Regent House passed a Grace amended by University Council to exclude postdoctoral research associate staff from voting rights last weekDaniel Gayne

Dr Alice Hutchings, a member of University Council, has resigned after the University’s primary governing body, Regent House, voted in favour of an amended Grace to impose a qualifying period of “at least three years continuously” for research associates to be eligible for Regent House membership, including having voting rights.

In the announcement of her resignation on Monday, Hutchings condemned the result as a “damning indication of how researchers in the University are perceived: as second class citizens.” She added, “I feel that members of the Council have acted in breach of this duty, and therefore I cannot remain as a trustee in good faith.”

The original Grace, proposed in June, sought to expand regent membership to all research associates, regardless of faculty and department. The University Council subsequently amended this to impose the qualifying period.

Votes were cast by Regent House members in a ballot between 15th October and 25th October. Of the 783 votes cast, 402 favoured the amended Grace, 344 favoured of the original Grace, while 37 did not favour either.

Hutchings labelled the amendment “discriminatory”, claiming that it violated “not only the Fixed Term Employees (Prevention of Less Favourable Treatment) Regulation, but also the Equality Act… as  women are less likely to qualify as Regents”, requesting a review of the amended Grace “on the basis that it is illegal”. Her decision to resign comes two months before she was due to step down from her position on University Council, meaning that she will miss two Council meetings which she otherwise would have attended.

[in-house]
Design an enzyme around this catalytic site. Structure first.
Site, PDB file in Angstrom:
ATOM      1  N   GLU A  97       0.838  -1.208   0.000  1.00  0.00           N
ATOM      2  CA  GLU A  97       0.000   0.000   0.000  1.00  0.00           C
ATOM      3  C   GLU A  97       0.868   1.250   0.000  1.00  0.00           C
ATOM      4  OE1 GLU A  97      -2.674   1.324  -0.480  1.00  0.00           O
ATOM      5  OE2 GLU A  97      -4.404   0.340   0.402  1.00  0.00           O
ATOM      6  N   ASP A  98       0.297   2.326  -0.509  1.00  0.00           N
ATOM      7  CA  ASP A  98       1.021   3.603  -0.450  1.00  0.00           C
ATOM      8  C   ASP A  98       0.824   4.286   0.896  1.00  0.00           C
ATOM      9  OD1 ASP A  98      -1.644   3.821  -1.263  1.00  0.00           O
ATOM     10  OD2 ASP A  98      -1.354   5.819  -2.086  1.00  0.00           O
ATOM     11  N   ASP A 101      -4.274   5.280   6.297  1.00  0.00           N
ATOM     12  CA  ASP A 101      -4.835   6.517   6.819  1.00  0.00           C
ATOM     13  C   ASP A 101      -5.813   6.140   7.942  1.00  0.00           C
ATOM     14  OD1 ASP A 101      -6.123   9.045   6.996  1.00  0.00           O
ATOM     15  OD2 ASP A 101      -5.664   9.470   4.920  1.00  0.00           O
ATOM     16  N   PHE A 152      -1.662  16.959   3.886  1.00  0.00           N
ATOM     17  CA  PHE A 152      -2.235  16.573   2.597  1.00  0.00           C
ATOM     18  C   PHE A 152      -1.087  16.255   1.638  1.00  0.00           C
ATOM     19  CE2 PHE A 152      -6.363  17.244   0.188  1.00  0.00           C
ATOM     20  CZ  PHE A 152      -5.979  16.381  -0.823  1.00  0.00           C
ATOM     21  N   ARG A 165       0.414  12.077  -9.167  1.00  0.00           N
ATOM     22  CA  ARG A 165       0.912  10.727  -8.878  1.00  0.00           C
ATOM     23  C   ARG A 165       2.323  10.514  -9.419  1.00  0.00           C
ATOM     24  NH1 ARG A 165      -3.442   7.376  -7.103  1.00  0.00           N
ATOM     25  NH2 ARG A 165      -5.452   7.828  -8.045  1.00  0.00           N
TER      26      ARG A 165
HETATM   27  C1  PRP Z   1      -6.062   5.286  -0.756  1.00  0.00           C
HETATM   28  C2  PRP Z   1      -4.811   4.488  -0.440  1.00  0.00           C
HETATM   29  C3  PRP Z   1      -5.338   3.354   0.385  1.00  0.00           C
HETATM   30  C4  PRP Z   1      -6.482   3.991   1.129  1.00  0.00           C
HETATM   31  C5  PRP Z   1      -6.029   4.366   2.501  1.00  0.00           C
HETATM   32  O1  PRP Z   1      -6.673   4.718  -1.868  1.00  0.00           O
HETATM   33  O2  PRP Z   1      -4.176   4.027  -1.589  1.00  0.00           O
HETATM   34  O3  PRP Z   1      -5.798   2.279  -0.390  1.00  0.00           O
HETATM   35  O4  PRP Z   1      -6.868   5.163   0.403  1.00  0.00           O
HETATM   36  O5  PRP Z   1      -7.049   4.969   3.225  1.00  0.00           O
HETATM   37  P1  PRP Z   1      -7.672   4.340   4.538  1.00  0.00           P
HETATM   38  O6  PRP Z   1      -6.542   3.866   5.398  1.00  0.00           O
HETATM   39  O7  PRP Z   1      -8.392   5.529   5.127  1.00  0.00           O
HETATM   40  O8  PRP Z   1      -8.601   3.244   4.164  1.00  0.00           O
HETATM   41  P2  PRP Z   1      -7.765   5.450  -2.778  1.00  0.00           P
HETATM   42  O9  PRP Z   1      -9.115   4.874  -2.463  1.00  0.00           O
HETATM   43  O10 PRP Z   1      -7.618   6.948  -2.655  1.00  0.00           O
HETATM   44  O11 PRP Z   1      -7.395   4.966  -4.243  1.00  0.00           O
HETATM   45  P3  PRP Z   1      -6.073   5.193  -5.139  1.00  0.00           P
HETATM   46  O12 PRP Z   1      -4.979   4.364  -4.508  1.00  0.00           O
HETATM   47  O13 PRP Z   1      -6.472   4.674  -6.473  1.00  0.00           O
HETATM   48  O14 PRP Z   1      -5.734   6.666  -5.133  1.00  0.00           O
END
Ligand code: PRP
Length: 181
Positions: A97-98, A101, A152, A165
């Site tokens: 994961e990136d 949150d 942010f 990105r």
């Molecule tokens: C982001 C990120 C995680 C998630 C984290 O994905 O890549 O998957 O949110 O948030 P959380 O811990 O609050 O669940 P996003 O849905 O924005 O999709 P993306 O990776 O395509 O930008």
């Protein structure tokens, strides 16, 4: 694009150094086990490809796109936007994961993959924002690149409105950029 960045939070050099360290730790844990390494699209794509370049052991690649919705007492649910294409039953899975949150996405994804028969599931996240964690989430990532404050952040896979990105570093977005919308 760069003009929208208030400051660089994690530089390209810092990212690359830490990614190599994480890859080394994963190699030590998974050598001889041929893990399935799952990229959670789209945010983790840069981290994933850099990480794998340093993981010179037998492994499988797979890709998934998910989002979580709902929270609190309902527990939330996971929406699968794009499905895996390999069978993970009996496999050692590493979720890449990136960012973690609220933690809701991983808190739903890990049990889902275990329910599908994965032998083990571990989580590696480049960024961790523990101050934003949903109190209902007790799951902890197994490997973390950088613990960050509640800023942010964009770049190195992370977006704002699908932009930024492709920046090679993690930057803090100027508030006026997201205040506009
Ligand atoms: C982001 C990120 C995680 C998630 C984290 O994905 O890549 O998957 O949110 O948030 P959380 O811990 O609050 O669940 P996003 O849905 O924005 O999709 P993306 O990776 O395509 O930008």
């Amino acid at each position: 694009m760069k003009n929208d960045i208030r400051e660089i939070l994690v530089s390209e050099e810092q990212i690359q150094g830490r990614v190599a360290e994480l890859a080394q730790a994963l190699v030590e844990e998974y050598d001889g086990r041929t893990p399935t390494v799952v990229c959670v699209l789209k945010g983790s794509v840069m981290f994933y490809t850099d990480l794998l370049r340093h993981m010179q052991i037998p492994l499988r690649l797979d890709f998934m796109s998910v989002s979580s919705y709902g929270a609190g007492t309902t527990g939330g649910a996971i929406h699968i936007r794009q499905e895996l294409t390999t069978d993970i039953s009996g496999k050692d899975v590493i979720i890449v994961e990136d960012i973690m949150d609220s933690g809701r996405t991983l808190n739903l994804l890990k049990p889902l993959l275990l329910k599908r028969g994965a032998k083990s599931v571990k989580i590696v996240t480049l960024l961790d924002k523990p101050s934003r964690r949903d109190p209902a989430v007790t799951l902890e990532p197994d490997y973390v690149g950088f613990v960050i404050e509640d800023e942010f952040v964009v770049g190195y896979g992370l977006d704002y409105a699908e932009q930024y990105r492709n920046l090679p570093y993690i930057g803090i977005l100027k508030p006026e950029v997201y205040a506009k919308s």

As part of a campaign backed by University Council member Professor Ross Anderson, flysheets were circulated in early October which advocated that Regent House voting members pass the original Grace and vote down its amended form.

Anderson stated the amendments “infringe on [postdocs’] employment rights” and “discriminate against [staff] who have taken a career break to start a family."

In response to the accusations of gender discrimination, the University said: “Neither motion disproportionately disadvantages women. Maternity and other family related leave do not constitute a break in service. Continuity is only broken if for example a staff member resigned following maternity or other family leave."

The added, “voting rights are intended to reflect those who contribute to the Faculty beyond their research commitments… it is correct to say that some postdocs currently with voting rights would lose them, but it would certainly not be all of them.”

Research associates consist of approximately 4,000 postdoctoral staff, many on contracts lasting less than three years. As the amendment does not include a grandfather clause, which would protect the rights of postdocs who were formerly regent members, a large number of these will be disenfranchised.


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Hutchings added, however, that even if a grandfather clause were to be added, her arguments opposing the amended Grace would still hold.

Dr Paul Coxton, a Cambridge research associate, took to Twitter to criticise the ballot result, denoting it as “a major punch down by senior established academics against their most junior colleagues.”

“Can an institution truly claim to be inclusive with a decision which will deliberately exclude its largest staff group?”

Updated 7:33pm, Thursday 1st November: This article was updated to note that Dr Hutchings resigned two months before she was due to step down, rather than one month – which the University had originally claimed

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